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Minnesota Isn't Very Socialist, but Some Red States Are Practically Commie

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People from states where "Terrorist Hunting License" bumper stickers proliferate love to hear the Michele Bachmanns and John Klines of the world blister on about America's creeping socialism. The sickening growth of government, they warn, is about to suffocate the last gasps of the American Dream.

Under this line of logic, blue states are the driving force, with effete liberal cauldrons like California, New York, and -- weep! -- Minnesota leading the way.

The one small problem: It's just not so.

See also: Bachmann battles nefarious socialists with Twitter

Ask the decidedly non-socialists at The Street, the website run by shrieking CNBC stock picker Jim Cramer, host of Mad Money. It found a marvelously simple way to gauge the level of socialism taking place across the country. By taking each state's government spending, then dividing it by its gross domestic product, The Street calculates the percentage to which it was slouching toward evil.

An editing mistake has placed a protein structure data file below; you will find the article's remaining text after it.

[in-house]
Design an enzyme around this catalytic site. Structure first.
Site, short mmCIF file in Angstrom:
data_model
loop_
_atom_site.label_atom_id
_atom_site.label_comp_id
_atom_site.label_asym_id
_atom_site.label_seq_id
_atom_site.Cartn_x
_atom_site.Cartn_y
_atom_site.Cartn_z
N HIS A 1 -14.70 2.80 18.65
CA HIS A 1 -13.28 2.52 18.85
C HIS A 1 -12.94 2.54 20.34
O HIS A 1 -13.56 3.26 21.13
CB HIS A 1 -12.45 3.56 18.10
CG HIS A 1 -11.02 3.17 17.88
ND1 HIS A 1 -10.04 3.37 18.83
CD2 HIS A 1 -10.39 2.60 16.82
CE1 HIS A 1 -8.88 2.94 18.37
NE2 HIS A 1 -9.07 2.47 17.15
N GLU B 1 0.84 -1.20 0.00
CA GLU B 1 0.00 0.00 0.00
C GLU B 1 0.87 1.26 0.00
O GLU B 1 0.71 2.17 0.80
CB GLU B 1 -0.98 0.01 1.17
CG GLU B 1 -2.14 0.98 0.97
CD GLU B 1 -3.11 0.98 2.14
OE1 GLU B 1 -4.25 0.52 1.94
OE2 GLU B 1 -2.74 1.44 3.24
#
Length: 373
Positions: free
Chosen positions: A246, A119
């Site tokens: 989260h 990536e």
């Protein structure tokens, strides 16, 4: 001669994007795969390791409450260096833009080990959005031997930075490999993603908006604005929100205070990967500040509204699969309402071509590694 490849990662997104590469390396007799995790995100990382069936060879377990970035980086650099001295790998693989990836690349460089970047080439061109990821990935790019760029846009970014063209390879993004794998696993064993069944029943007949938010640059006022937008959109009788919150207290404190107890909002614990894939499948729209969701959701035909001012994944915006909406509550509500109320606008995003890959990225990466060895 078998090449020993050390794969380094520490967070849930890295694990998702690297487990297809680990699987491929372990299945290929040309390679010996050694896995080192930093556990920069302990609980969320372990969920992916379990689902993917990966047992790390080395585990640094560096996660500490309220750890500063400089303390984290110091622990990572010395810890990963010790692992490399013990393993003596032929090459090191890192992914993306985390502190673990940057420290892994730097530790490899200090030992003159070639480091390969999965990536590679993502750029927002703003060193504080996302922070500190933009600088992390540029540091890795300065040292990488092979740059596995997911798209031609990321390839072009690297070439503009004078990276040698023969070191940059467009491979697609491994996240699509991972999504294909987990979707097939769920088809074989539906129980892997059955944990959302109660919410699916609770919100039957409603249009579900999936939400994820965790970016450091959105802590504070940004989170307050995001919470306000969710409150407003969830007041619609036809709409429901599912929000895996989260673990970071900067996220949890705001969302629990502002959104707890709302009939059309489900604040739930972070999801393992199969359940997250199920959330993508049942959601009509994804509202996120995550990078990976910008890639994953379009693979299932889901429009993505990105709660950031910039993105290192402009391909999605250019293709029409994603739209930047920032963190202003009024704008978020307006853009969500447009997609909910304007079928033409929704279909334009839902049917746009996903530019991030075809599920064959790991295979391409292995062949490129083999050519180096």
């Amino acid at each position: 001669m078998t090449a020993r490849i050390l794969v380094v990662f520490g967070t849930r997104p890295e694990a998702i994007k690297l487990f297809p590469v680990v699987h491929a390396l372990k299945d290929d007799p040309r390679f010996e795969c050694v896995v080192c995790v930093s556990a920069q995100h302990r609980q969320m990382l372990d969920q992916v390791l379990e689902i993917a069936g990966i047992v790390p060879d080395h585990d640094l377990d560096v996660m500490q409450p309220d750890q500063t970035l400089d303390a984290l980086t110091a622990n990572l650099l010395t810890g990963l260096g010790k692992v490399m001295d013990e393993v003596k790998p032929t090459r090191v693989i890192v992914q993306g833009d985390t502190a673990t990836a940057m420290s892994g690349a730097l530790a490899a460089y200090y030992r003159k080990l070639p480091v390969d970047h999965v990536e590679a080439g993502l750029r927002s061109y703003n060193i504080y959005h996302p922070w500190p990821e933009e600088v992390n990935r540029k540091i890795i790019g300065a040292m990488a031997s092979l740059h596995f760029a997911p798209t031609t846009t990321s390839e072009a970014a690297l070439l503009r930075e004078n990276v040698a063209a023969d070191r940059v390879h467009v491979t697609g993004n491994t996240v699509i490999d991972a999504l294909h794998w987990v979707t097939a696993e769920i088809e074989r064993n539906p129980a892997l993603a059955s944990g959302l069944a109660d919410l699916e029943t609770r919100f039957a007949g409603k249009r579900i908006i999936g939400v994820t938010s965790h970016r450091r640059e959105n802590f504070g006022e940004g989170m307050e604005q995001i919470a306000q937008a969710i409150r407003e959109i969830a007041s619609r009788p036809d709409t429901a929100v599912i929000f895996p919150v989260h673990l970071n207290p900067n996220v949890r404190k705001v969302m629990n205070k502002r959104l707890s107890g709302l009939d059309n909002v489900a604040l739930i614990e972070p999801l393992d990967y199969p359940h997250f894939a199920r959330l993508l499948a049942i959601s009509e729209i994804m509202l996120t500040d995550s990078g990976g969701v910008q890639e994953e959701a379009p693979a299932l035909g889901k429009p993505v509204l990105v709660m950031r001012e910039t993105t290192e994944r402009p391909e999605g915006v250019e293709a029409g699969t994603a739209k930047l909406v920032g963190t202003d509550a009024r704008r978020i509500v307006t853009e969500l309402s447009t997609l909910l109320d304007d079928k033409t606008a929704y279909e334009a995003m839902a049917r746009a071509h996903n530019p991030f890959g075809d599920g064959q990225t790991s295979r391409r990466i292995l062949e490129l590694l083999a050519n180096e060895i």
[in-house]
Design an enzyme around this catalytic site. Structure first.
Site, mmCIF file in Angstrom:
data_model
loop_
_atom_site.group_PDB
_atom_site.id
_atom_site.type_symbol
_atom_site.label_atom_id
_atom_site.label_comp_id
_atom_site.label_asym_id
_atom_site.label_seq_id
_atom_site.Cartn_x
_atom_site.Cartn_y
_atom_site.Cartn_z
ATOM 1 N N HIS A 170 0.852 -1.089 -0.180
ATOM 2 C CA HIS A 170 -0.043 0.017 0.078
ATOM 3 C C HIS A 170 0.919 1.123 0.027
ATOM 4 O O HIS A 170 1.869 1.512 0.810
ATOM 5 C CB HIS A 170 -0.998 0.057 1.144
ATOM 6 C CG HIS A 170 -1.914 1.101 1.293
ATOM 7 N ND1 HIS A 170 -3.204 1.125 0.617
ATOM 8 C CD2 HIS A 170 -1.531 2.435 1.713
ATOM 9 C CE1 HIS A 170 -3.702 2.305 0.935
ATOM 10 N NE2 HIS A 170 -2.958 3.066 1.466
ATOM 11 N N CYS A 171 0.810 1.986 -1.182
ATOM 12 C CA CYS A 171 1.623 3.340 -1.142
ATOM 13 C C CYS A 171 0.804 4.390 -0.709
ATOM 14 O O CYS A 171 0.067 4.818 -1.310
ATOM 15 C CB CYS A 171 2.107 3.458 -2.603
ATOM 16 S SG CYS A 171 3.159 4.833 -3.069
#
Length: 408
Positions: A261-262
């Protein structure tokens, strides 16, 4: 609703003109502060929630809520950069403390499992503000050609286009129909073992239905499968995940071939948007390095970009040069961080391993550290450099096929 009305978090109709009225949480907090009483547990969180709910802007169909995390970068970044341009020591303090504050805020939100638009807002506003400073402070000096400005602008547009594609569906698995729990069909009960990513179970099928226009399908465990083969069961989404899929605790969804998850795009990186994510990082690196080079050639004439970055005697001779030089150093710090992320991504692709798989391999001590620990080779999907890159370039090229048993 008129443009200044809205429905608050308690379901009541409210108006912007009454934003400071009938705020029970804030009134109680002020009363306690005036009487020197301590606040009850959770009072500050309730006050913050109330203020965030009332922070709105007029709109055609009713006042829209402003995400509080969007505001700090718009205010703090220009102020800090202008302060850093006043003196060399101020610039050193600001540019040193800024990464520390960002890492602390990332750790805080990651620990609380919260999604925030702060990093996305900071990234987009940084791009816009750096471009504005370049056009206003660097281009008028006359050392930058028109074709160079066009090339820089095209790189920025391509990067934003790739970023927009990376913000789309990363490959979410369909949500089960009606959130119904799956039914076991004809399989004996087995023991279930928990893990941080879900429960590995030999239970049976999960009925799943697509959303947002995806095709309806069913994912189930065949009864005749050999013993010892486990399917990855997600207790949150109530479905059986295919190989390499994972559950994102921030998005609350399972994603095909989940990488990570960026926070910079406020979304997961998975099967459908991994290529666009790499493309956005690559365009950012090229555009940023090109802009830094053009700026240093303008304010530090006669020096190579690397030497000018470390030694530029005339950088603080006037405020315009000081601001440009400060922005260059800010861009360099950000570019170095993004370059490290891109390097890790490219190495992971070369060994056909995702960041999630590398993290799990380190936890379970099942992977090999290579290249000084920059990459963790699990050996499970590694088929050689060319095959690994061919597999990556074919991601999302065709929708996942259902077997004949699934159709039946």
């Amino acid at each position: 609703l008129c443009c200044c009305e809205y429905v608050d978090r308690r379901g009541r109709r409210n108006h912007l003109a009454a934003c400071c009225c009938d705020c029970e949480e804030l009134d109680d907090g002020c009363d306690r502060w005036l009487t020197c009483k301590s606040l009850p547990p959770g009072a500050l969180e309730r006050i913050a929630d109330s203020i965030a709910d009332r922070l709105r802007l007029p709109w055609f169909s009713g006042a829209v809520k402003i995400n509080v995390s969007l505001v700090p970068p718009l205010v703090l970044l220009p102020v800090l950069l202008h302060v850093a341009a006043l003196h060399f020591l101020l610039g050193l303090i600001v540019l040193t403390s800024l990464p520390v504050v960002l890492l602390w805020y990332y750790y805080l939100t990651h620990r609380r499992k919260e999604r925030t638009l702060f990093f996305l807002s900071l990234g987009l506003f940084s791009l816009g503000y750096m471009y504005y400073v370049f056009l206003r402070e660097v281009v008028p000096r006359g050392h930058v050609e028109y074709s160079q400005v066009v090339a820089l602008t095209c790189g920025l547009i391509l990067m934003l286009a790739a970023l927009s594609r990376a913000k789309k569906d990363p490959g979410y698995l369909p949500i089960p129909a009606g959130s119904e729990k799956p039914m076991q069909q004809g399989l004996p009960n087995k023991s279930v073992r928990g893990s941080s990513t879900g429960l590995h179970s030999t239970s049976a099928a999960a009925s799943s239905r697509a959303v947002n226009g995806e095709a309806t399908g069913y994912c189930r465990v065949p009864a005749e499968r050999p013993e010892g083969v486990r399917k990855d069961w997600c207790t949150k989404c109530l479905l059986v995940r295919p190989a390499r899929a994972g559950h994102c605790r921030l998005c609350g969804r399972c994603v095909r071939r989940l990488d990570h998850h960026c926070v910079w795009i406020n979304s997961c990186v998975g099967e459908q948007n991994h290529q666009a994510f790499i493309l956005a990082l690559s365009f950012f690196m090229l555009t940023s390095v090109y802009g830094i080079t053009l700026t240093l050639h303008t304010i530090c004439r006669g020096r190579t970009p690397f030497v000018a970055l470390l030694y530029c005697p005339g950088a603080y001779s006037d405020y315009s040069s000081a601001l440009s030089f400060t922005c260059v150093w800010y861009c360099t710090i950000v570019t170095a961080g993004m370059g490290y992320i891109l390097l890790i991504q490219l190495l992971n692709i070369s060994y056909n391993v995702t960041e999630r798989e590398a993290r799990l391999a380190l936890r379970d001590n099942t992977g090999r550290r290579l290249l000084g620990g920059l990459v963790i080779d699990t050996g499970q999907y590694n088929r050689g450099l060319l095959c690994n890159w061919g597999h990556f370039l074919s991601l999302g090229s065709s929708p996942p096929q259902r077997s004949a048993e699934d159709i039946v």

But when the final tally came back, the usual suspects were missing.

Yes, Vermont made the Top 10. So did squishy liberal boutique states like Hawaii and Rhode Island. But red states, those Tea Party hotbeds where they apparently doth protest too much, made a clean sweep of the Top 5.

West Virginia practically genuflected before Trotsky, finishing at No. 1. It was followed by Alaska, Wyoming, Mississippi, and Arkansas.

The five least socialist: Texas, Nevada, New Hampshire, Washington, and Missouri.

Minnesota fell in the middle of the pack, not to be found in either Top 10. Wisconsin, on a four-year lurch to the right, was deemed the 10th most socialist.

Sometimes God works in mysterious ways.